Binge Watchin' TV Review, Mission: Impossible, Peter Graves, Thriller, ABC, Drama, Action, Martin Landau, Leonard Nimoy, Espionage, TV, TV Review

What makes Mission: Impossible such a great show to watch is how much inspiration it has given to the genre of espionage thrillers. Every episode had a mystery to solve and one that the IMF team barely accomplished successfully. But there was never anyone dangling from a skyscraper or a high speed car chase. Sure, the show was realized in a different era of production values but it also relied heavily on the usage of music and snappy dialogue and creative stories to engage the viewer. Over almost 200 episodes, Mission: Impossible rarely duplicated itself and even managed to include some very famous guest stars. It ranked as the longest running espionage TV series for years and remains a classic to this day.

Best season:

The second season of the show is by far the best. Steven Hill, who played IMF leader Dan Briggs, left the show after the first year and was replaced by Peter Graves who went on to play Jim Phelps for the remainder of the show's run and revivlal. Graves' performance is so essential to the success of the series that the original plan was for the actor to reprise his role in the Brian De Palma feature film. But, Graves objected to his character becoming a villain and the role was recast with Jon Voight. Still, Graves joining the cast and Martin Landau bumping up to series regular gave the second season the most consistency out of any year of the show with episode highlights including "Charity" which features the Wayne Manor set from the 1966 Batman series, "Trial by Fury" which featured the set from Hogan's Heroes, and "The Seal" with guest star Darren McGavin.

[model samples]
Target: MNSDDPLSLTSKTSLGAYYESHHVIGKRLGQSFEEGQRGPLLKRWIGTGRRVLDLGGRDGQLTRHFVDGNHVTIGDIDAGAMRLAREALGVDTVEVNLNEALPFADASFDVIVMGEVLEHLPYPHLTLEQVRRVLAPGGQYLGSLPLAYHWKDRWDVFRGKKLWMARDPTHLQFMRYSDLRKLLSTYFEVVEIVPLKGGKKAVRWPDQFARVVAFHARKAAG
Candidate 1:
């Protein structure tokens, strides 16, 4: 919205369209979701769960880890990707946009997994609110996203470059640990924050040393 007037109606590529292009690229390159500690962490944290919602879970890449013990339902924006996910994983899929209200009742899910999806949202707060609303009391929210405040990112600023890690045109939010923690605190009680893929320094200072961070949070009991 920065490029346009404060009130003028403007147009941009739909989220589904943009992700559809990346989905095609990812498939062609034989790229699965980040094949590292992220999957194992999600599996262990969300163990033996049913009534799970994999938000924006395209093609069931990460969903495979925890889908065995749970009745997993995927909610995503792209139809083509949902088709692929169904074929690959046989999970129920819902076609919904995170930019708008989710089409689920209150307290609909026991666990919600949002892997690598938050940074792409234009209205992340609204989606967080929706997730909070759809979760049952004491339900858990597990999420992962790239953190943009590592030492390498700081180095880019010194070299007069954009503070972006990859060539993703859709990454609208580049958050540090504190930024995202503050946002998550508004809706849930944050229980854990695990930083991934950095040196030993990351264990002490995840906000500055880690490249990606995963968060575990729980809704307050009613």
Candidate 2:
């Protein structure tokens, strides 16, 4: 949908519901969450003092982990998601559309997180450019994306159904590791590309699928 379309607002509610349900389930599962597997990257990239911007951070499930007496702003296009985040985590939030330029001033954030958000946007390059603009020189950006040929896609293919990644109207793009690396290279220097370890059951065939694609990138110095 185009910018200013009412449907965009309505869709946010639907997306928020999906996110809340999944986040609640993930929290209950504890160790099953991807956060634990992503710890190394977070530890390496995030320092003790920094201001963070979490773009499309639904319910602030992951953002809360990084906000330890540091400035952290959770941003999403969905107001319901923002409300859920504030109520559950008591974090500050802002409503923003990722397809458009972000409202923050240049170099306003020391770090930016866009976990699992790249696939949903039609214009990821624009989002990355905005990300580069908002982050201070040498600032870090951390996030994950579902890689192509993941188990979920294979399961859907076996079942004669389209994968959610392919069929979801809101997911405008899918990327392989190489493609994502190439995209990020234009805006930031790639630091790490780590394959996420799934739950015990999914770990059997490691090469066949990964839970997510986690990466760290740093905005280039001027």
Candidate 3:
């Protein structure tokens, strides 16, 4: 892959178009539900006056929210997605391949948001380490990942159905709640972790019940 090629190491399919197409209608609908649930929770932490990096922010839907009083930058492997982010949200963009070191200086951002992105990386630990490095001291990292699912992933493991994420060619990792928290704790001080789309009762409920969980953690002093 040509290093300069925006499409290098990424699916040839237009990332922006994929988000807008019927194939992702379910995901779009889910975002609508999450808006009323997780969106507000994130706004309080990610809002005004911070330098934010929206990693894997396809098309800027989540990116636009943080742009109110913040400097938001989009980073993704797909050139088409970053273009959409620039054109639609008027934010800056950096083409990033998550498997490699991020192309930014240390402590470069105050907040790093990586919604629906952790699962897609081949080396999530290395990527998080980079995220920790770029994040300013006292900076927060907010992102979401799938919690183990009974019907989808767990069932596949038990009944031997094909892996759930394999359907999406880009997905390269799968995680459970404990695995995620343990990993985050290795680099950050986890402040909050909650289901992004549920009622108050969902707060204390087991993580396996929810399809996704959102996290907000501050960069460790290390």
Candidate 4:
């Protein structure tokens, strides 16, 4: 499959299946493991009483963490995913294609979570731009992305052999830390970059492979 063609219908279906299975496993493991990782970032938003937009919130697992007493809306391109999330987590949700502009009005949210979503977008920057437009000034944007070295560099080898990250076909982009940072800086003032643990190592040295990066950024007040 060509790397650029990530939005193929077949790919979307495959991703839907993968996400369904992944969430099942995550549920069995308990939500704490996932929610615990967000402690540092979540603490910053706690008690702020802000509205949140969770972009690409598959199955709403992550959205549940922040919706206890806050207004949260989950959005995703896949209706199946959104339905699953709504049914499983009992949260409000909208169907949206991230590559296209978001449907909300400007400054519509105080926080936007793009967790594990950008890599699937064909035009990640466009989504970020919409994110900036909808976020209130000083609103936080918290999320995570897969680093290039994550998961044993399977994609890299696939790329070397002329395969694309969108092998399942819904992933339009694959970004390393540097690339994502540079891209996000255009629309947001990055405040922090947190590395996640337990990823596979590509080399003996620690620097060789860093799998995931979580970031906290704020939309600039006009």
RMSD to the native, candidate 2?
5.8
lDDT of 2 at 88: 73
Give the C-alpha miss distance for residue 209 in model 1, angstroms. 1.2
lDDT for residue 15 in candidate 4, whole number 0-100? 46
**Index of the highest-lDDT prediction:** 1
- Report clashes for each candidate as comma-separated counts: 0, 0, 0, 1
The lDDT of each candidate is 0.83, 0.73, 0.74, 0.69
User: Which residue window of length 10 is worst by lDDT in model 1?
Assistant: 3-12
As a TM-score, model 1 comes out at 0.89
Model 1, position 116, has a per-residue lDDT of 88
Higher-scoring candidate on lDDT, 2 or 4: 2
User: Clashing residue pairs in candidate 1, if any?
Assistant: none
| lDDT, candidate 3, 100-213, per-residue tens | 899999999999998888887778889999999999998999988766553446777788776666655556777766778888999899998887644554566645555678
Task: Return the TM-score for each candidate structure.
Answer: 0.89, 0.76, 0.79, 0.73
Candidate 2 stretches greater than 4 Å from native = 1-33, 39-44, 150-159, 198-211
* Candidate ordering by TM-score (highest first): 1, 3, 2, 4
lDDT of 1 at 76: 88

Final thoughts:

Much like how J.J. Abrams rebooted Star Trek to the disdain of some fans, there will always be a divide between Mission: Impossible film and television viewers. While the feature films are definitely a lot of fun, there is something distinct about the show that can never be replicated. Shows like Mission: Impossible are rarely made any more because they don't have the pace or marketing that some network series have but you can see the imprint the series has left on television in everything from 24 to Inspector Gadget. The mere fact that the theme and opening credits have been copied and spoofed so many times are a testament to the instant classic nature of the show. But, like many people, you probably don't know the episodes or the show itself and that is something that should be rectified. With a large library of episodes to view, your mission, should you choose to accept it, is to binge Mission: Impossible as soon as you can. This column will self destruct in ten seconds.